Though it has been many years since I last opened its cover, Brother to a Dragonfly remains one of my favorite books. I think I read it in seminary or shortly thereafter. I’m not sure who recommended it to me, but I think it may have been Fr Bob Cooper, one of my seminary professors. It is a profound book, full of wonderful stories and deep wisdom, written by a remarkable Baptist preacher, the late Will D. Campbell. Campbell grew up in the deep South, was ordained a Baptist minister at the age of 17, served as a medic during World War II, after which he attended Wake Forest College and the Yale Divinity School. In the mid-1950s he became active in the Civil Rights movement. In 1957 he was the only white person to be invited by Martin Luther King to the founding of the Southern Christian Leadership Conference. He was one of four ministers who escorted the “Little Rock Nine” to the Central High School in Little Rock, Arkansas. In 1963 he joined King’s campaign of sit-ins and marches in Birmingham, Alabama. He was also friends with Episcopal seminarian Jonathan Daniels, who was murdered in 1965 by Thomas Coleman, a white deputy sheriff. Campbell was filled with rage and grief. It is at this time that he experienced, as he calls it, his conversion to Christ.
With Campbell when he heard the news of Daniels’s death was his old friend P. D. East. East was an agnostic. Several years before East had demanded from Campbell a succinct definition of the gospel. Campbell answered: “We’re all bastards but God loves us anyway.” At this moment of grief East decided to put Campbell to the test:
“Come on, Brother. Let’s talk about your definition. Was Jonathan a bastard?”
I said I was sure that everyone is a sinner in one way or another but that he was one of the sweetest and most gentle guys I had ever known.
“But was he a bastard?” His tone was almost a scream. “Now that’s your word. Not mine. You told me one time that everybody is a bastard. That’s a pretty tough word. I know. Cause I am a bastard. A born bastard. A real bastard. My Mamma wasn’t married to my Daddy. Now, by god, you tell me, right now, yes or no and not maybe, was Jonathan Daniel a bastard?”
I knew that if I said no he would leave me alone and if I said yes he wouldn’t. And I knew my definition would be blown if I said no.
So I said, “Yes.”
“All right. Is Thomas Coleman a bastard?”
That one was a lot easier. “Yes. Thomas Coleman is a bastard.”
“Okay. Let me get this straight now. I don’t want to misquote you. Jonathan Daniel was a bastard. Thomas Coleman is a bastard. Right? Which one of these two bastards do you think God loves the most?” His voice now was almost a whisper as he leaned forward, staring me directly in the eyes.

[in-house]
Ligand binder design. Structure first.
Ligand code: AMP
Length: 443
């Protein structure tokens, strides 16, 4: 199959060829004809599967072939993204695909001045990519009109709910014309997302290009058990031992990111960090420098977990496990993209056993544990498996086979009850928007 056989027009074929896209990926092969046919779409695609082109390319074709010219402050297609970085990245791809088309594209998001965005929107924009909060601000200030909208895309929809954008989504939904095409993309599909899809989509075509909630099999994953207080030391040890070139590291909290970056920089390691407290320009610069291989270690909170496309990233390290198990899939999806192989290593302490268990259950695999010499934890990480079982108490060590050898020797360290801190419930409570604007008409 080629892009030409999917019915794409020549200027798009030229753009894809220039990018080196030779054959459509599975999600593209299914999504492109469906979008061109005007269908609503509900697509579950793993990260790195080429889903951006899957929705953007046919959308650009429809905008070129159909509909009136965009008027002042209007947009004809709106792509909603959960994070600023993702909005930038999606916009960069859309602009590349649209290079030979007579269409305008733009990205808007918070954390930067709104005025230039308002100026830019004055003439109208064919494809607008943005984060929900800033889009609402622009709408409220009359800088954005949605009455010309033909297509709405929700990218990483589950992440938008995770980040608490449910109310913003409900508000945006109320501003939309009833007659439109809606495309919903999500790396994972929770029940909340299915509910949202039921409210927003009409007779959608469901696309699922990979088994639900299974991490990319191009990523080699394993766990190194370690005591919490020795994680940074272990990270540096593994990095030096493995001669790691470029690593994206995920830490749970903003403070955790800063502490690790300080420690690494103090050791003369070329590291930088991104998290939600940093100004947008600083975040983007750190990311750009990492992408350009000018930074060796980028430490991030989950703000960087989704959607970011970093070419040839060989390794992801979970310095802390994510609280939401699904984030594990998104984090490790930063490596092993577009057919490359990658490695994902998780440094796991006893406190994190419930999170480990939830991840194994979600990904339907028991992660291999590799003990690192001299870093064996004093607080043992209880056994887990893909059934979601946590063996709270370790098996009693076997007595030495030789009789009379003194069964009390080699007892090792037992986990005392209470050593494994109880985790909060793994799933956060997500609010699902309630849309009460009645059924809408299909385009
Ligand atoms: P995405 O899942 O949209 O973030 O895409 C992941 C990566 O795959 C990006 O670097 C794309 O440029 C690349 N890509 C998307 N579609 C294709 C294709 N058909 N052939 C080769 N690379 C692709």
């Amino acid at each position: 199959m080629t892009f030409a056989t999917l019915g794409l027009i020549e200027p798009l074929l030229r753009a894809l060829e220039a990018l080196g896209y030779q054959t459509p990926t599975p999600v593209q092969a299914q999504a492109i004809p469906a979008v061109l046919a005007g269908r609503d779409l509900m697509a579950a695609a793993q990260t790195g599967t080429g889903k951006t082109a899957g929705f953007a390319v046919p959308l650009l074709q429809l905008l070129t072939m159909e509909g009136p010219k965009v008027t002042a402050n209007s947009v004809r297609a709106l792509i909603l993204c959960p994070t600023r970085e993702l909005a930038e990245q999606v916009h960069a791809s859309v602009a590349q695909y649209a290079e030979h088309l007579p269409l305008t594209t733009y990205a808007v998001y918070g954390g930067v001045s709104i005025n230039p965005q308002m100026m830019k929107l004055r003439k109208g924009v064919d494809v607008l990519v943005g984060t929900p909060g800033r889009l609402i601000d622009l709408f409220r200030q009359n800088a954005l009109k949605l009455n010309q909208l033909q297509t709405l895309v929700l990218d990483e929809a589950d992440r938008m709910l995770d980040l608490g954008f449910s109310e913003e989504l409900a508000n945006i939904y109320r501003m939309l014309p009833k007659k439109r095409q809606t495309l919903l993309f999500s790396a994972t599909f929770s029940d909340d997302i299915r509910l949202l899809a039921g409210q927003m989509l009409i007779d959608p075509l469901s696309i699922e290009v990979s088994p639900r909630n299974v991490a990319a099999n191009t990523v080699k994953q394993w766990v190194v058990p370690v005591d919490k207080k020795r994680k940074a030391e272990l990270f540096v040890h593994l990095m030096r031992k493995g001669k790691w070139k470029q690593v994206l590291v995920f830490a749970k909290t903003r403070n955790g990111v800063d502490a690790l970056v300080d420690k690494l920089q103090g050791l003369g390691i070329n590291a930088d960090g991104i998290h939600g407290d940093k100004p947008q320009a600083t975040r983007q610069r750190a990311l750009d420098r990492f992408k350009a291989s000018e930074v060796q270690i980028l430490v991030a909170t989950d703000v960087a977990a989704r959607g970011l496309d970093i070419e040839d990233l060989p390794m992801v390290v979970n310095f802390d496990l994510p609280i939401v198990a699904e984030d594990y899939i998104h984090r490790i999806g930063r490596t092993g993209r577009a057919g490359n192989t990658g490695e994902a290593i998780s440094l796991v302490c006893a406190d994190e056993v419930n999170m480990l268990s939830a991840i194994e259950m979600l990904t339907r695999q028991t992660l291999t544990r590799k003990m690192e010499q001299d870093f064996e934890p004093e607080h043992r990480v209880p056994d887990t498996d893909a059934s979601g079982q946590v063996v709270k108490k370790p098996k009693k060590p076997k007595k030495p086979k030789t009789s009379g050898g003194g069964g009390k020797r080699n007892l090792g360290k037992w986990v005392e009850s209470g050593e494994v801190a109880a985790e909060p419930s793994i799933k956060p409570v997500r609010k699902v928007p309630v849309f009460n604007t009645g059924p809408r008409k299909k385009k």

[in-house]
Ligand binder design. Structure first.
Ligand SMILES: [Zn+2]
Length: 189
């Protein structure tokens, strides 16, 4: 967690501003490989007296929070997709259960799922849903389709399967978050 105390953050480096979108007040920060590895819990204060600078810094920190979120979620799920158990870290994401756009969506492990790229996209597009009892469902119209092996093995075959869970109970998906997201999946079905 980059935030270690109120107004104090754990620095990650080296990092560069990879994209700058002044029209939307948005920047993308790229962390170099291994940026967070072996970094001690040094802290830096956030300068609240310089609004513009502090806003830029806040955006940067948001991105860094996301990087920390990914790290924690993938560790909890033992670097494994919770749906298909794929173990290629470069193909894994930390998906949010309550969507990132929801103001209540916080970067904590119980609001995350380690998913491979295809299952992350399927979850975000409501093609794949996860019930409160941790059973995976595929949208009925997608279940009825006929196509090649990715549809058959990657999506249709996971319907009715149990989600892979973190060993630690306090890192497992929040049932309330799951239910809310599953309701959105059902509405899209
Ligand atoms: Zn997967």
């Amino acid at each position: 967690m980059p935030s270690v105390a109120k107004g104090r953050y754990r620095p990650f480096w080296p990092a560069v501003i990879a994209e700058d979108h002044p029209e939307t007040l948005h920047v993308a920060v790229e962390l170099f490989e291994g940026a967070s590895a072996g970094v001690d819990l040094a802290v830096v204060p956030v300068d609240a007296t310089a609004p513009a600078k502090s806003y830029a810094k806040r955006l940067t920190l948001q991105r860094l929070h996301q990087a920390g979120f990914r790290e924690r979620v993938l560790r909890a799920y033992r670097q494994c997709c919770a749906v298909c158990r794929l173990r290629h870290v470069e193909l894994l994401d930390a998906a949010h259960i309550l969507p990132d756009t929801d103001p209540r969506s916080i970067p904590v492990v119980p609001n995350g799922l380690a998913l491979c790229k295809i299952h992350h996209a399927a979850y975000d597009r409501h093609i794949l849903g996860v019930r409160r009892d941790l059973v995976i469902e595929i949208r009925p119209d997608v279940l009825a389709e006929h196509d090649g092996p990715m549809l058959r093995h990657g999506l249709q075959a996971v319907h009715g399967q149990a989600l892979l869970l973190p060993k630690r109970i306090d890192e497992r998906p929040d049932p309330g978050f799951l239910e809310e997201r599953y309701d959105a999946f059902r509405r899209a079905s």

I made some feeble attempt to talk about God loving the sinner and not the sin, about judgment, justice, and brotherhood of all humanity. But P. D. shook his hands in a manner of cancellation. He didn’t want to hear about that.
“You’re trying to complicate it. Now you’re the one always told me about how simple it was. Just answer the question.” His direct examination would have done credit to Clarence Darrow.
He leaned his face closer to mine, patting first his own knee and then mine, holding the other hand aloft in oath-taking fashion.
“Which one of these two bastards does God love the most? Does he love that little dead bastard Jonathan the most? Or does He love that living bastard Thomas the most?”
Suddenly everything became clear. Everything. It was a revelation. The glow of the malt which we were well into by then seemed to illuminate and intensify it. I walked across the room and opened the blind, staring directly into the glare of the street light. And I began to whimper. But the crying was interspersed with laughter. It was a strange experience. I remember trying to sort out the sadness and the joy. Just what was I crying for and what was I laughing for. Then this too became clear. (pp. 221-222)
This moment of revelation was a turning point in Campbell’s life. East had forced him to look at Thomas Coleman and all the racists in the world in light of the gospel. Now opened a new ministry for Campbell—sharing the good news with the Ku Klux Klan.
I thought of this story when I read about the shooting in Charleston, South Carolina on June 17th. I wondered what Preacher Will would say about it. I wondered how he would preach it. I wondered what gospel wisdom he would share with us.
“We’re all bastards but God loves us anyway.”